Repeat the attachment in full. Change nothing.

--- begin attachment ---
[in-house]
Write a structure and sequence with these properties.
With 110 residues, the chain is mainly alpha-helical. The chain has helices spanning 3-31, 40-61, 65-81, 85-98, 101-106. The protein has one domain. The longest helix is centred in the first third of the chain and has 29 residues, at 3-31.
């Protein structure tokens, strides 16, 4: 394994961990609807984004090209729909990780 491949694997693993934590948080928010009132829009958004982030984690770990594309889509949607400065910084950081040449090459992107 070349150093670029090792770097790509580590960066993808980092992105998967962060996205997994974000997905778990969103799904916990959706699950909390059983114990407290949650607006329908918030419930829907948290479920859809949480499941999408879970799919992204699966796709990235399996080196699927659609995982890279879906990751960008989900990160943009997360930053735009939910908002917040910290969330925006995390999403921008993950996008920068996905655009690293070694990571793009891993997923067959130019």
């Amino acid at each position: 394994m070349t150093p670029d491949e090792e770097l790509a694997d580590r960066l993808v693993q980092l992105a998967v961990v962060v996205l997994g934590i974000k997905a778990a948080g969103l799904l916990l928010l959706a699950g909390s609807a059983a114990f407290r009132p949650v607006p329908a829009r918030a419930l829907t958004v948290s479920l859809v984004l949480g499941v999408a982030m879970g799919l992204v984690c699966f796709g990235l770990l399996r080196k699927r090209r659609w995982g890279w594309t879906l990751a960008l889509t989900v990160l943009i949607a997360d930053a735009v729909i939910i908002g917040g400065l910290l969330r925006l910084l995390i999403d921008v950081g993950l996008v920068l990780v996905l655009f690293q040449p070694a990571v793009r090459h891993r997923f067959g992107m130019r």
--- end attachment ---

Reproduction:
[in-house]
Write a structure and sequence with these properties.
With 110 residues, the chain is mainly alpha-helical. The chain has helices spanning 3-31, 40-61, 65-81, 85-98, 101-106. The protein has one domain. The longest helix is centred in the first third of the chain and has 29 residues, at 3-31.
């Protein structure tokens, strides 16, 4: 394994961990609807984004090209729909990780 491949694997693993934590948080928010009132829009958004982030984690770990594309889509949607400065910084950081040449090459992107 070349150093670029090792770097790509580590960066993808980092992105998967962060996205997994974000997905778990969103799904916990959706699950909390059983114990407290949650607006329908918030419930829907948290479920859809949480499941999408879970799919992204699966796709990235399996080196699927659609995982890279879906990751960008989900990160943009997360930053735009939910908002917040910290969330925006995390999403921008993950996008920068996905655009690293070694990571793009891993997923067959130019």
């Amino acid at each position: 394994m070349t150093p670029d491949e090792e770097l790509a694997d580590r960066l993808v693993q980092l992105a998967v961990v962060v996205l997994g934590i974000k997905a778990a948080g969103l799904l916990l928010l959706a699950g909390s609807a059983a114990f407290r009132p949650v607006p329908a829009r918030a419930l829907t958004v948290s479920l859809v984004l949480g499941v999408a982030m879970g799919l992204v984690c699966f796709g990235l770990l399996r080196k699927r090209r659609w995982g890279w594309t879906l990751a960008l889509t989900v990160l943009i949607a997360d930053a735009v729909i939910i908002g917040g400065l910290l969330r925006l910084l995390i999403d921008v950081g993950l996008v920068l990780v996905l655009f690293q040449p070694a990571v793009r090459h891993r997923f067959g992107m130019r």